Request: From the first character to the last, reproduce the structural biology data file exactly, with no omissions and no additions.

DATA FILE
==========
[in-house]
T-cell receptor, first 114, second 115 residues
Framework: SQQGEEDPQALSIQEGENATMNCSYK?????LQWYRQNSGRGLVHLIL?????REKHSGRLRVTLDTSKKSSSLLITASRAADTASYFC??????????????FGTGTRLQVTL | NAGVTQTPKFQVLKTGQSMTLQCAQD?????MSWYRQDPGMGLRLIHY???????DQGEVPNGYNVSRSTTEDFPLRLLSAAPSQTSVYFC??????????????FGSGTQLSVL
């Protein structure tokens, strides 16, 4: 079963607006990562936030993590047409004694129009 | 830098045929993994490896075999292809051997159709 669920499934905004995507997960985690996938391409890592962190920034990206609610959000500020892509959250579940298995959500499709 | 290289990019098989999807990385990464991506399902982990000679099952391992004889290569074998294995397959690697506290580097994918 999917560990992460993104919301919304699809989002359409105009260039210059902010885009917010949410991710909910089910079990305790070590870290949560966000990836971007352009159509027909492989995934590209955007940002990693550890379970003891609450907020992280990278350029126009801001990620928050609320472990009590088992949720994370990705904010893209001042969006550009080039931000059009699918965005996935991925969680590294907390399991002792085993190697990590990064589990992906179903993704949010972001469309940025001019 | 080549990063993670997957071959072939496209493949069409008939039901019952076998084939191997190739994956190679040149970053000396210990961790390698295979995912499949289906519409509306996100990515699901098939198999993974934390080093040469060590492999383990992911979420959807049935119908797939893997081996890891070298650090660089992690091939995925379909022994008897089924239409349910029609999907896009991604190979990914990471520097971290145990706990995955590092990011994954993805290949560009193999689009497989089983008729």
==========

[in-house]
T-cell receptor, first 114, second 115 residues
Framework: SQQGEEDPQALSIQEGENATMNCSYK?????LQWYRQNSGRGLVHLIL?????REKHSGRLRVTLDTSKKSSSLLITASRAADTASYFC??????????????FGTGTRLQVTL | NAGVTQTPKFQVLKTGQSMTLQCAQD?????MSWYRQDPGMGLRLIHY???????DQGEVPNGYNVSRSTTEDFPLRLLSAAPSQTSVYFC??????????????FGSGTQLSVL
């Protein structure tokens, strides 16, 4: 079963607006990562936030993590047409004694129009 | 830098045929993994490896075999292809051997159709 669920499934905004995507997960985690996938391409890592962190920034990206609610959000500020892509959250579940298995959500499709 | 290289990019098989999807990385990464991506399902982990000679099952391992004889290569074998294995397959690697506290580097994918 999917560990992460993104919301919304699809989002359409105009260039210059902010885009917010949410991710909910089910079990305790070590870290949560966000990836971007352009159509027909492989995934590209955007940002990693550890379970003891609450907020992280990278350029126009801001990620928050609320472990009590088992949720994370990705904010893209001042969006550009080039931000059009699918965005996935991925969680590294907390399991002792085993190697990590990064589990992906179903993704949010972001469309940025001019 | 080549990063993670997957071959072939496209493949069409008939039901019952076998084939191997190739994956190679040149970053000396210990961790390698295979995912499949289906519409509306996100990515699901098939198999993974934390080093040469060590492999383990992911979420959807049935119908797939893997081996890891070298650090660089992690091939995925379909022994008897089924239409349910029609999907896009991604190979990914990471520097971290145990706990995955590092990011994954993805290949560009193999689009497989089983008729």